Sunday, 19 April 2015

Ormond E Burton and Anzac Nationalism

There's a famous quote by Ormond E Burton which gets mentioned many times by Anzac commentators: ‘somewhere between the landing at Anzac and the end of the battle of the Somme New Zealand very definitely became a nation.’ . Just what this means exactly, and just how much of our so called 'national identity' derives from our inheritance of WW1 battle experience is a subject I will leave to the various newspaper and magazine editors. I'm much more interested in the man Ormond E Burton, and how this conservative trope squares – or fails to square – with his subsequent statements about nationhood and his militant pacifism.

Born in 1893, he is deeply immersed in the dominant colonial culture of early twentieth century New Zealand. As a very devout Christian, Burton begins life as a passionate and dedicated conformist. He is loyal to the British Empire: its Kings and Queens, its Imperial state apparatus and its Holy Church. After the war he feels betrayed and disillusioned, so he ditches his loyalty to the state completely. This is the radical side of Burton: he totally repudiates the idea that war is either just or necessary. Nation states are selfish Imperial powers fighting for the interests of the elite. He combines the socialist argument that capitalism is the root cause of war with the pacifist argument that war never leads to peace, only to more war.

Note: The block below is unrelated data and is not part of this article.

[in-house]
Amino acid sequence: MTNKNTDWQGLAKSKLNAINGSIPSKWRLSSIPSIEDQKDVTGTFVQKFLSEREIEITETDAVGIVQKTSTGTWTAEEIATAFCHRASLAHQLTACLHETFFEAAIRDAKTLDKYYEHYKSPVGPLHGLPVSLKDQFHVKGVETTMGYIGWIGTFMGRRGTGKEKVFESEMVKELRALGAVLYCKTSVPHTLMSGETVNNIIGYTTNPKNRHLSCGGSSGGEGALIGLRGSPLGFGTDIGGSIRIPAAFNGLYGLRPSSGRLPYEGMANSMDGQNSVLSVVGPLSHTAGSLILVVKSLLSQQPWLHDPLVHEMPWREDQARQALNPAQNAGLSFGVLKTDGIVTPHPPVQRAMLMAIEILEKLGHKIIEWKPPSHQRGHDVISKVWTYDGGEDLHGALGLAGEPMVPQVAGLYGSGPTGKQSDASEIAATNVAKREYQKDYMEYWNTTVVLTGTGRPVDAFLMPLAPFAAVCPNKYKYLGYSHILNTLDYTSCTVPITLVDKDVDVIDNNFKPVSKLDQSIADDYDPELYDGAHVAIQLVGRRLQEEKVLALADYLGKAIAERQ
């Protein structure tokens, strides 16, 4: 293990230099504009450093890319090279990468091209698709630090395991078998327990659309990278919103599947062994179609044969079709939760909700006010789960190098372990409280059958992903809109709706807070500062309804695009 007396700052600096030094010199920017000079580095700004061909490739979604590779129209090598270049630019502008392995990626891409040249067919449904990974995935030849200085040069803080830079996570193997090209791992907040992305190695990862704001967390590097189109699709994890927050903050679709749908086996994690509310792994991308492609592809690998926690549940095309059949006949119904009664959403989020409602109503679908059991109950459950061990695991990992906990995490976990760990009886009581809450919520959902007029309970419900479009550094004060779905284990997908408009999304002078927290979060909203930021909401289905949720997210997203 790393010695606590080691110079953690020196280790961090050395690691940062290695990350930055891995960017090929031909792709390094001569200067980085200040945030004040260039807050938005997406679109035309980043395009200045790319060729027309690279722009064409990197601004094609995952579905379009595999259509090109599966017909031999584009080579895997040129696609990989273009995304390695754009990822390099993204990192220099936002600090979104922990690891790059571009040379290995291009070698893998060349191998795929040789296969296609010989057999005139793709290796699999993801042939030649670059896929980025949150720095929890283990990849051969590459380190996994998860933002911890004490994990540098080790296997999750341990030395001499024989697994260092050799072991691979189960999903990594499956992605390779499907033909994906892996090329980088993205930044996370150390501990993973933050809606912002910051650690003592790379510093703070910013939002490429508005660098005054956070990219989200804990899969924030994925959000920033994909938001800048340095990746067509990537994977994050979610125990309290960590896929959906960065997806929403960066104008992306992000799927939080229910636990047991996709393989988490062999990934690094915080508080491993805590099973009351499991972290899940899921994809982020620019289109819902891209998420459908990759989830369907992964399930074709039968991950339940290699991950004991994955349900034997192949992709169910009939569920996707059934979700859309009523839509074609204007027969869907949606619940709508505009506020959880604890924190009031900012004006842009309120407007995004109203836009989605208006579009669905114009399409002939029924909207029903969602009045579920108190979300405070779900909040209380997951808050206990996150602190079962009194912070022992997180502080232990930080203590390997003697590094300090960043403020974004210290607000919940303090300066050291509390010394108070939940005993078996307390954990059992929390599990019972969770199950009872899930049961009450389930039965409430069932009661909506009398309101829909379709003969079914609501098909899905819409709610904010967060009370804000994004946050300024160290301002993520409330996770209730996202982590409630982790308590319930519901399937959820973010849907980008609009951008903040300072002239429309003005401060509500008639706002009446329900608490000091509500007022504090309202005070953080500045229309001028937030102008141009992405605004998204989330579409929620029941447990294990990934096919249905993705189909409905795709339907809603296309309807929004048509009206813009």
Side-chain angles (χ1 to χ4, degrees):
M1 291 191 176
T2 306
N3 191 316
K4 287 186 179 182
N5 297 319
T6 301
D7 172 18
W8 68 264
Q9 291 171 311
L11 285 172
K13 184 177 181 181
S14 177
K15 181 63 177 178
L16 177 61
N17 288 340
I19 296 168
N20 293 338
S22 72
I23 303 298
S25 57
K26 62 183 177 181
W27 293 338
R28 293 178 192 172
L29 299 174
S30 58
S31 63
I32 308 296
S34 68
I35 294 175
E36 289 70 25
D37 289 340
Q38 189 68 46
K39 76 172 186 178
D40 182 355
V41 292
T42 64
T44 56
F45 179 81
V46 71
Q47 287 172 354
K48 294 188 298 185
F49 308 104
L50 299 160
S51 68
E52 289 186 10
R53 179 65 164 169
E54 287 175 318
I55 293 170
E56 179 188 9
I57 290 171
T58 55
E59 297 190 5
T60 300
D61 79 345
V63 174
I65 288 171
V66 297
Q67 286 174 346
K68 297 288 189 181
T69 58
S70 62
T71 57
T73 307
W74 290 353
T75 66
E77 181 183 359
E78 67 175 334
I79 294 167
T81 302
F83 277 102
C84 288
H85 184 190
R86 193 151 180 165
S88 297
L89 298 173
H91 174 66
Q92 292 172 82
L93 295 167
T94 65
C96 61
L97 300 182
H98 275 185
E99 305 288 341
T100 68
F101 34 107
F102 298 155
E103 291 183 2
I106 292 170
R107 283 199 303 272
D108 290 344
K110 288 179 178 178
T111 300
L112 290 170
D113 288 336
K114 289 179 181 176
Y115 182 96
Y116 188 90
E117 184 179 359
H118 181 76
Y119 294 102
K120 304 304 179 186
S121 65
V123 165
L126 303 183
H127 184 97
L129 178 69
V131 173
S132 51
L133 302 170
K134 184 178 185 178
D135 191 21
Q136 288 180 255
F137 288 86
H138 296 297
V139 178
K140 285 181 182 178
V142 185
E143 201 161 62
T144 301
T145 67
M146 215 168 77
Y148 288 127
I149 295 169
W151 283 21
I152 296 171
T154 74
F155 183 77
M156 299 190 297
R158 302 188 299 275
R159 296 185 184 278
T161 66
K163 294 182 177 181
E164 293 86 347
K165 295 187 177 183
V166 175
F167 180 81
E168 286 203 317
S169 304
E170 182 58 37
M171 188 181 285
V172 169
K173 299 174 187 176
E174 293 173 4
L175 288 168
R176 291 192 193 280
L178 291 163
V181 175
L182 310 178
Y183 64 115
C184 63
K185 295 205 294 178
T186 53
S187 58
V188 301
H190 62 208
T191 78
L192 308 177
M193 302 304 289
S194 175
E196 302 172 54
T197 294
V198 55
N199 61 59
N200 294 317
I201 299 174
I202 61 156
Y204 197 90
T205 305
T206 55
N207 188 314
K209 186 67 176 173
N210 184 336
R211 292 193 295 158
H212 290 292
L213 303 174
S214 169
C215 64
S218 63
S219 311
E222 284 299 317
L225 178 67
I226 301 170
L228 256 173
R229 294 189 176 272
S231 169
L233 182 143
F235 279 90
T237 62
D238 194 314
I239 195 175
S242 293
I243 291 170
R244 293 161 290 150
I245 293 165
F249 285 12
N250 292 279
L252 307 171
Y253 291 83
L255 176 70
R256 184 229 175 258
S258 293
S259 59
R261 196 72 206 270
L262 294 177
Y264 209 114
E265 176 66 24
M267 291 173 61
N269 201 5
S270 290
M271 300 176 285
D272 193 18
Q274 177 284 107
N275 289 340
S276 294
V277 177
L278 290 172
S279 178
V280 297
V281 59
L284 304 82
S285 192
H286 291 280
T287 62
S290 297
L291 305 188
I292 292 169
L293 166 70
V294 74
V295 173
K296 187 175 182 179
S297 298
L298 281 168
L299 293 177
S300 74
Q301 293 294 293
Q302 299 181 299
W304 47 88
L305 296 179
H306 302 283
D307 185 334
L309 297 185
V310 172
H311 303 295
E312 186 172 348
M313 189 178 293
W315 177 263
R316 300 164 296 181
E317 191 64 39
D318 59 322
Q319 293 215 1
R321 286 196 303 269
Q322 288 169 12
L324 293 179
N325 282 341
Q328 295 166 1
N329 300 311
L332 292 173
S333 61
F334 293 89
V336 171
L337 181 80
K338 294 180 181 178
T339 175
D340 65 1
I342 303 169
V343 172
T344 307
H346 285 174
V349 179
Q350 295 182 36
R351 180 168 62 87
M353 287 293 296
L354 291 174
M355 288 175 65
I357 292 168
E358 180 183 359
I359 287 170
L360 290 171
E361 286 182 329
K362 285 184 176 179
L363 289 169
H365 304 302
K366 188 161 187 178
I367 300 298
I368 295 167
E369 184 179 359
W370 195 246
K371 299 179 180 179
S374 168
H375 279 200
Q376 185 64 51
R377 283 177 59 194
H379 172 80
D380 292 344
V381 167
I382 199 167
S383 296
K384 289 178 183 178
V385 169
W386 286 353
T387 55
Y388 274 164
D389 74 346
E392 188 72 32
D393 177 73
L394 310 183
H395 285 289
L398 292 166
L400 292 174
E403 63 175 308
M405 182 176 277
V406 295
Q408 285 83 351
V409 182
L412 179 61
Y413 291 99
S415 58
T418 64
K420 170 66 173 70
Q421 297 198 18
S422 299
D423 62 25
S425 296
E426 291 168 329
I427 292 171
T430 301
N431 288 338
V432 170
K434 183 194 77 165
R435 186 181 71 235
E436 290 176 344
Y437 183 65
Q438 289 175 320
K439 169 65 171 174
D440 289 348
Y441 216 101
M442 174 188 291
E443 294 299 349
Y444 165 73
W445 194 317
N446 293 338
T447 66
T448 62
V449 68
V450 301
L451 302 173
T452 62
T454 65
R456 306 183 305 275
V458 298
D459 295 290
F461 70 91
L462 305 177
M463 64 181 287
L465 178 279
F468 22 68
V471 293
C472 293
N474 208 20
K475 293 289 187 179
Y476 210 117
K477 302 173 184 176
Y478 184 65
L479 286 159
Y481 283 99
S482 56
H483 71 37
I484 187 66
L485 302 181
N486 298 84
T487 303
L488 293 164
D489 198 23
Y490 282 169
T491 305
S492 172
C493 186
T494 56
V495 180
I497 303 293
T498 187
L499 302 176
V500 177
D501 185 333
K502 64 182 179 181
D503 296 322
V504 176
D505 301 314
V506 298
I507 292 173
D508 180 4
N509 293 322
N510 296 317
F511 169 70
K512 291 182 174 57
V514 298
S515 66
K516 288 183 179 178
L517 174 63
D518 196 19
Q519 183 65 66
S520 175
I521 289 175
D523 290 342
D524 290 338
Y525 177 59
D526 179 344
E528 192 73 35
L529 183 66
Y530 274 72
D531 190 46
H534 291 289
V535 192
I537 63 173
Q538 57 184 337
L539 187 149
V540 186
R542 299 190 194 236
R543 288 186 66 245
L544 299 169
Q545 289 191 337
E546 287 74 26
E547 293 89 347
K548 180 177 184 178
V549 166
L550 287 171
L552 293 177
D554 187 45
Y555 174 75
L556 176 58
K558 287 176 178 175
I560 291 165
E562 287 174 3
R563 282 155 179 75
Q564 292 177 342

The other side of Burton is that of the loyal and brave soldier. Favoured by the military authorities for his courage and ability, he is commissioned to write about his regiment while he is taking leave from the trenches near the end of the war. This small book, Our Little Bit (1918) is followed by four more versions of the same military history: The New Zealand Division (1919), Official History of the Auckland Regiment (1921), The Silent Division (1935) and Concerning One Man's War (1968). The most famous of these books is the 1935 version, which includes an appendix declaring the author's views on war and his adoption of Christian pacifism.